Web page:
Harrowing photos have emerged showing the “inhuman” conditions inside prison in the Philippines.
The facility, Quezon City Jail, in Manila, is home to 3,800 inmates – nearly five times more people than it was designed for.
It is a reflection of a criminal justice system in chaos, set to worsen as the state engages in an aggressive war on drugs instigated by the country's hardline president, Rodrigo 'The Punisher' Duterte.
Prisoners – caught up in trials which take years – can be seen crammed body-to-body on concrete floors and stairwells. Others are forced to sleep sitting or standing.
"Many go crazy,” Mario Dimaculangan, the jail’s longest serving inmate, told the AFP news agency.
“They cannot think straight. It's so crowded. Just the slightest of movements and you bump into something or someone.”
The conditions are mirrored in detention facilities across the country, according to Dr Nymia Pimentel Simbulan, executive director of the Philippine Human Rights Information Centre (PhilRights), also based in Quezon City.
“These conditions exist in municipal and city jails across the country, as well as state penitentiaries,” Dr Simbulan told The Independent.
Sanitary conditions are also poor, and in Quezon City Jail, one toilet is used by up to 130 other people. According to an April 2015 Commission on Human Rights report, toilet facilities in Filipino jails “either do not exist or are poorly maintained” and cause an "odious stench".
The unhygienic environment means illnesses, such as as tuberculosis, skin infections, diarrhea and sepsis are rife. Medical services are few and far between.
Tensions between the prisoners occasionally erupt into violence and torture is also used against them.
“Overcrowding is a major problem," Dr Simbulanas said. "As is food, cleanliness and a general lack of the facilities which make a place fit for humans.”
The Philippines are a signatory of the United Nations Convention Against Torture, which forbids the cruel or inhuman treatment of prisoners. “Unfortunately that is not the case in many of the detention centres and jails in the Philippines,” Dr Simbulan said.
“This has been a long problem, it’s been there for decades and it seems the government has not really taken steps to address over-population and the lack of facilities, which make prison conditions inhuman.”
The problem is rooted in a broken legal system. “If our jails are overcrowded and congested,” Dr Simbulan said, “that will also be true in our courts.”
Aside from a lack of physical space in courtrooms, there is a shortage of judges and prosecutors to hear cases. Consequently, with just two or three hearings a year, inmates’ trials can take years, even decades.
"Posting bail is often not an option because most of those who run afoul of the law are poor," Phelim Kine, Asia deputy director for Human Rights Watch, told The Independent. "And even if they can afford bail, the majority of detainees in most of these jails face drug charges that are non-bailable."
Up to 90 per cent of detainess in custody of the Bureau of Jail Management and Penology are awaiting or undergoing trial, according to the organisation's own figures. "This makes the Philippines the Southeast Asian country with the highest number of pretrial and remand detainees and the second highest in all of Asia," said Mr Kine.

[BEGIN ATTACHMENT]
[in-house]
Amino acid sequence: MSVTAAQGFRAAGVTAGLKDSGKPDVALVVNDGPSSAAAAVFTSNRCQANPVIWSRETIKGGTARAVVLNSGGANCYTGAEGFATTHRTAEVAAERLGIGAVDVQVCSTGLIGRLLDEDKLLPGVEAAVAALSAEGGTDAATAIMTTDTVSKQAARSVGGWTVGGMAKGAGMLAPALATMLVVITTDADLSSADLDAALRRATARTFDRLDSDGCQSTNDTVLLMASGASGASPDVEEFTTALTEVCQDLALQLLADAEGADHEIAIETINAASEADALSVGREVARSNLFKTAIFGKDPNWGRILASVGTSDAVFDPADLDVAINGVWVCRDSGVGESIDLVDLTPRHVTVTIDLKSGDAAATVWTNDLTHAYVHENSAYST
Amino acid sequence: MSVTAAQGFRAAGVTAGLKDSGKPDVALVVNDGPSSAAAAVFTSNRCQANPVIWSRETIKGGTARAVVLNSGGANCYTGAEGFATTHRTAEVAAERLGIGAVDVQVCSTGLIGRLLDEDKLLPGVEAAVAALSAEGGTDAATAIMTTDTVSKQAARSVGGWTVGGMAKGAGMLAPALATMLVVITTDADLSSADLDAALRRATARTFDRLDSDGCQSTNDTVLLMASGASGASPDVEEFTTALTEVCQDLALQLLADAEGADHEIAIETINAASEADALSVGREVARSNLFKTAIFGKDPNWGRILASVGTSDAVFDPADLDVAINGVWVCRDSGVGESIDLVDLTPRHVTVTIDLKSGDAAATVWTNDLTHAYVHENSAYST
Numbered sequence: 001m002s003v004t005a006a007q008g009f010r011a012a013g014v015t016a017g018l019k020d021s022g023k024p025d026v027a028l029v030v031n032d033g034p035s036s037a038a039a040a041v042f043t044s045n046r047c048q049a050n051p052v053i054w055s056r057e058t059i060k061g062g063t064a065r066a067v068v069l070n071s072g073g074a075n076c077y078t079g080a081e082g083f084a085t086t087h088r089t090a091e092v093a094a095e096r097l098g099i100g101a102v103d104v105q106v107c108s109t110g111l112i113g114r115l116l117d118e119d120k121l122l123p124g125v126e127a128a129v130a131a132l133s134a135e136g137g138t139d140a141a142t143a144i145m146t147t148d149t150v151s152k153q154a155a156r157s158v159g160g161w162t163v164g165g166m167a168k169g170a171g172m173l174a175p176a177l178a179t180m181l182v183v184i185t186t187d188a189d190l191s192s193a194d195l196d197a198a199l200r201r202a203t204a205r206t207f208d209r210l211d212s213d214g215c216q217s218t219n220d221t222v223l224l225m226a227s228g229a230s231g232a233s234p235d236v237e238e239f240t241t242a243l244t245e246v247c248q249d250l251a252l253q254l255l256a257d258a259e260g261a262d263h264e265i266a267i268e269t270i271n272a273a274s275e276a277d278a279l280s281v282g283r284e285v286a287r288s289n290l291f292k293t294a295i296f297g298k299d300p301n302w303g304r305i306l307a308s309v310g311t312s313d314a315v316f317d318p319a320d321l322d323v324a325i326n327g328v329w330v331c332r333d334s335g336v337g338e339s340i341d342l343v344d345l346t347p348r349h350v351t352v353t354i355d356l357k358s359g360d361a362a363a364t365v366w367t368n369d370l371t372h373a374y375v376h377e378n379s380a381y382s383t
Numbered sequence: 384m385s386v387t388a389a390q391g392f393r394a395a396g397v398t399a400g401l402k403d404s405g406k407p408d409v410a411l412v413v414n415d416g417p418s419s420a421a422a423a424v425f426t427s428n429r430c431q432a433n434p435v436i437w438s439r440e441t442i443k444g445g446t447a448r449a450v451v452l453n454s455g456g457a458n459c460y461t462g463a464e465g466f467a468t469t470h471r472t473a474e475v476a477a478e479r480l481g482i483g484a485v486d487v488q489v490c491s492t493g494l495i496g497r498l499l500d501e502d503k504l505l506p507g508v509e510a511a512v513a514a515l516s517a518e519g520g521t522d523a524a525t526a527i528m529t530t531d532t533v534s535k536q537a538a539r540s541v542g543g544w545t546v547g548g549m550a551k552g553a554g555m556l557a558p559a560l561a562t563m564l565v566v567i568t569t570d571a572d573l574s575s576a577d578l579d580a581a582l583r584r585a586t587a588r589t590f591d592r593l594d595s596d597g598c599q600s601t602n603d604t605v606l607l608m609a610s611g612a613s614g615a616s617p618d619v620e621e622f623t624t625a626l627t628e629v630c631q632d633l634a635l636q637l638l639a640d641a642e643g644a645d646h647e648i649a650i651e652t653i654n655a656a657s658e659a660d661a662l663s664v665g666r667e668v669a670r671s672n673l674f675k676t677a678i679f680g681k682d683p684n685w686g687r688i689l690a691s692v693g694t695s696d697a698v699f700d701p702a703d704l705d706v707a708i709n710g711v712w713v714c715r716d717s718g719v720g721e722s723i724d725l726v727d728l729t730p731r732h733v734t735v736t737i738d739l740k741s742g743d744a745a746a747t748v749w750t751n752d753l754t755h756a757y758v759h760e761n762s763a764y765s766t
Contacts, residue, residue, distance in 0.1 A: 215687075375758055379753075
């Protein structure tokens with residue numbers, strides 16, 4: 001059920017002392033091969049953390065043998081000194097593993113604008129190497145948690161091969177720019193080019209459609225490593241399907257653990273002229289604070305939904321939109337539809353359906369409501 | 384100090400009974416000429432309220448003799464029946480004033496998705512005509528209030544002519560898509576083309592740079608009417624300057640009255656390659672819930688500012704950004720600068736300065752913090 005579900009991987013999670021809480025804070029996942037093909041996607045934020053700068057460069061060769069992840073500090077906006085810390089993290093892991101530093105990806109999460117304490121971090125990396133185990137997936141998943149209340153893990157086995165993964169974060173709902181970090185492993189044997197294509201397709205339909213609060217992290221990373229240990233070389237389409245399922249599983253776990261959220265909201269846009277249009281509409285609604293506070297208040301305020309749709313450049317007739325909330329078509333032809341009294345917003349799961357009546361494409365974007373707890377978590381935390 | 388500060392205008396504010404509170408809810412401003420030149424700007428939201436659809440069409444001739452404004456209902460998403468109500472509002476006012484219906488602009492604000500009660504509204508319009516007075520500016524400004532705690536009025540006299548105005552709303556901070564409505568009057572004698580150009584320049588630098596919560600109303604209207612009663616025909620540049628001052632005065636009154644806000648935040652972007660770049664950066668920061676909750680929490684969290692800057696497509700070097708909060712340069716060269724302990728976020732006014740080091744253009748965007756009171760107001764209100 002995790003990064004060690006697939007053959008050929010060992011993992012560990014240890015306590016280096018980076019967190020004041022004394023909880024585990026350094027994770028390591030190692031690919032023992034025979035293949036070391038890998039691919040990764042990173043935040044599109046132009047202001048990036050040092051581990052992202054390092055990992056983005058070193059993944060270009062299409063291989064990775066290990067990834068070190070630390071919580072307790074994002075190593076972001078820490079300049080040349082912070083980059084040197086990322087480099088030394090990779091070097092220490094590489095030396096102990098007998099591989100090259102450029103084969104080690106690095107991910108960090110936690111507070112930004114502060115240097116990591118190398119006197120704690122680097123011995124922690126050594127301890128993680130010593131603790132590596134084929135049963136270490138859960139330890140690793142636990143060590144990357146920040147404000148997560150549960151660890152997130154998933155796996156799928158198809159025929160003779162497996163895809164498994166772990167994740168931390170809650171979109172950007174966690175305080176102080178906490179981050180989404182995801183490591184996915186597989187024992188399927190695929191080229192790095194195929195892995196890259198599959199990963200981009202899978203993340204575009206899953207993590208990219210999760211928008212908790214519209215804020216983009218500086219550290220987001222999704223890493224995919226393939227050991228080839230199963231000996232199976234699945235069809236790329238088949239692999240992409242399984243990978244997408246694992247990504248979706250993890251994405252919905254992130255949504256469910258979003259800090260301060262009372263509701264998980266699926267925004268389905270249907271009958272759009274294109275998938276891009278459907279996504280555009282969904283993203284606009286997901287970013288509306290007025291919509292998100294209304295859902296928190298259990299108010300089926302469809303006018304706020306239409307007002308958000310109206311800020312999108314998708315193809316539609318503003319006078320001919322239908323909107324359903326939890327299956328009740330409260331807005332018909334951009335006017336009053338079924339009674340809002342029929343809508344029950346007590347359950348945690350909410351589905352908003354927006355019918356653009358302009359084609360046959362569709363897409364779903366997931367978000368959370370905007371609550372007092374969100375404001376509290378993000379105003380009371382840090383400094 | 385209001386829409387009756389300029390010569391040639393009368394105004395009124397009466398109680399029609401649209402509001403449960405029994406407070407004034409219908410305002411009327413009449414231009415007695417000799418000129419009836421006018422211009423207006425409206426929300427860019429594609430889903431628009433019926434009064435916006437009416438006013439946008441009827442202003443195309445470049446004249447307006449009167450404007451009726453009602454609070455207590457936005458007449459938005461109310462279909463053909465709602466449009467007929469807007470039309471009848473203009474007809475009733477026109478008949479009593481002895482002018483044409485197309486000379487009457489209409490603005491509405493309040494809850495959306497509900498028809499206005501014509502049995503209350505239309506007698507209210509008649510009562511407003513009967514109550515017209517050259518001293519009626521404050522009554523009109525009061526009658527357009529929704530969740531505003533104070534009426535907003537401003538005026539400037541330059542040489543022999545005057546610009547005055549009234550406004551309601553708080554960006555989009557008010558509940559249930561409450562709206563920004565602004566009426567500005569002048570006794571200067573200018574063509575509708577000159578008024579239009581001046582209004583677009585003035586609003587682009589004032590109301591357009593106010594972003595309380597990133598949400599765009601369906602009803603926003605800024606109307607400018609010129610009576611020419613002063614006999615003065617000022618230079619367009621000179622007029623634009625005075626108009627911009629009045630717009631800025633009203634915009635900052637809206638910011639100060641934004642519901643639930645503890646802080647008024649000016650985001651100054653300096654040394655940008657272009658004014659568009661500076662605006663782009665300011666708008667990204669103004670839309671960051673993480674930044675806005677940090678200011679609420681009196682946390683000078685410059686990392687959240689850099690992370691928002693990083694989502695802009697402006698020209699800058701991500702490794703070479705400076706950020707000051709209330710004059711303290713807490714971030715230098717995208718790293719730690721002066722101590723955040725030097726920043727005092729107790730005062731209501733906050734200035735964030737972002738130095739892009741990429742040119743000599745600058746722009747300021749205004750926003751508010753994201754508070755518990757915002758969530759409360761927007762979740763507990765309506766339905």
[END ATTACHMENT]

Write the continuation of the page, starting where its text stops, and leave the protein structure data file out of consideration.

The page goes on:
Quezon City inmate Mr Dimaculangan told AFP he had been in the prison since 2001, after being charged with the murder of a politician’s relative, and has averaged just one trial hearing a year.
In addition, cases which should be settled at the barangy level – community committees which deal with petty quarrels and disputes – are often escalated to the main court, loading more pressure onto the system.
Even if any of the young men who have been jailed are found innocent when their trial is finally concluded, their life prospects are bleak.
In addition to losing years of their lives inside, many find it difficult to find work in the outside world because of the enormous stigma associated with jail time.
Applying for a job often requires clearance from the police and National Bureau of Investigation.
“That would be a major stumbling block for the individual to be able to get a decent and well paid job,” Dr Simbulan said. Many end up in the informal sector and can drift back into criminality.
Furthermore, the situation is likely to deteriorate. The new Filipino president, Mr Duterte, has launched an aggressive war on crime and promised to kill drug dealers, criminals and even addicts.
“We in the human rights community are seriously disturbed to see an increase in the number of extra-judicial killings,” Dr Simbulan said. “Based on recent developments, we do not expect this to get better but actually to get worse.”
At least 420 suspects have already been the victims of police executions. A 'kill list' that documents the deaths is maintained by the the Manila-based Inquirer newspaper, which said the “surge” had been “marked and unmistakable” since Mr Duterte took office on 30 June.
Thousands of drug offenders have handed themselves into the authorities to avoid being killed.
Campaigners said the government has not shown signs of wanting to improve the prison system.
According to Dr Simbulan: “The government has embarked on a campaign against illegal drugs, without being able to satisfy the basic prerequisite requirements that would enable the judicial system to absorb an influx of detainees.”
Mr Kine echoed this sentiment, saying: "The sharp increase in detentions of individuals ensnared in the Philippines government’s 'war on drugs' will inevitably worsen the country’s already scandalously abusive problem of lengthy pretrial detention and subject those detainees to potentially life-threateningly unhealthy overcrowding in jails and detention centers."
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